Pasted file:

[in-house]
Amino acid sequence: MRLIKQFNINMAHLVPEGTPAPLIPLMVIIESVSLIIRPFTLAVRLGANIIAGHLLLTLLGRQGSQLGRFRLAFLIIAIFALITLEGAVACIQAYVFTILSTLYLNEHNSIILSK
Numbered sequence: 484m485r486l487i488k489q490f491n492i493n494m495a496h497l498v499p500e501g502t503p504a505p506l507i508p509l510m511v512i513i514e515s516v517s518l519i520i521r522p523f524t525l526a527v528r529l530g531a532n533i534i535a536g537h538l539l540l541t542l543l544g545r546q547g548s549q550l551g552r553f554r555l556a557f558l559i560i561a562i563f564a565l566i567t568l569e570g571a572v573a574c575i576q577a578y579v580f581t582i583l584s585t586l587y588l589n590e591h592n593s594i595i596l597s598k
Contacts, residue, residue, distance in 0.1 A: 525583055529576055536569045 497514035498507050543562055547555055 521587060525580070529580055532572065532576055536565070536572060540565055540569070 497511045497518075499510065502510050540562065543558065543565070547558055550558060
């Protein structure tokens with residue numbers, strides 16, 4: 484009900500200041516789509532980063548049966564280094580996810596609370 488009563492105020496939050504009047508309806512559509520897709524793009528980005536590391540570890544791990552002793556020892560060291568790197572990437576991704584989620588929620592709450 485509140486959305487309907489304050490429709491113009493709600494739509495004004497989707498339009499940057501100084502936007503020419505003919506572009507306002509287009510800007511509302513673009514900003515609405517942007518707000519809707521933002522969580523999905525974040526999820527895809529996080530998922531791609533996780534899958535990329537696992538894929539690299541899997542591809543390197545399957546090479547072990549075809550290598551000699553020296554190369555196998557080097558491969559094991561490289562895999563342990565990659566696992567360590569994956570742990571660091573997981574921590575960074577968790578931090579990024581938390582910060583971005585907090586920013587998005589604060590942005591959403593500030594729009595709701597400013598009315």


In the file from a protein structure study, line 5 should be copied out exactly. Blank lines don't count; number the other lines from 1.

């Protein structure tokens with residue numbers, strides 16, 4: 484009900500200041516789509532980063548049966564280094580996810596609370 488009563492105020496939050504009047508309806512559509520897709524793009528980005536590391540570890544791990552002793556020892560060291568790197572990437576991704584989620588929620592709450 485509140486959305487309907489304050490429709491113009493709600494739509495004004497989707498339009499940057501100084502936007503020419505003919506572009507306002509287009510800007511509302513673009514900003515609405517942007518707000519809707521933002522969580523999905525974040526999820527895809529996080530998922531791609533996780534899958535990329537696992538894929539690299541899997542591809543390197545399957546090479547072990549075809550290598551000699553020296554190369555196998557080097558491969559094991561490289562895999563342990565990659566696992567360590569994956570742990571660091573997981574921590575960074577968790578931090579990024581938390582910060583971005585907090586920013587998005589604060590942005591959403593500030594729009595709701597400013598009315």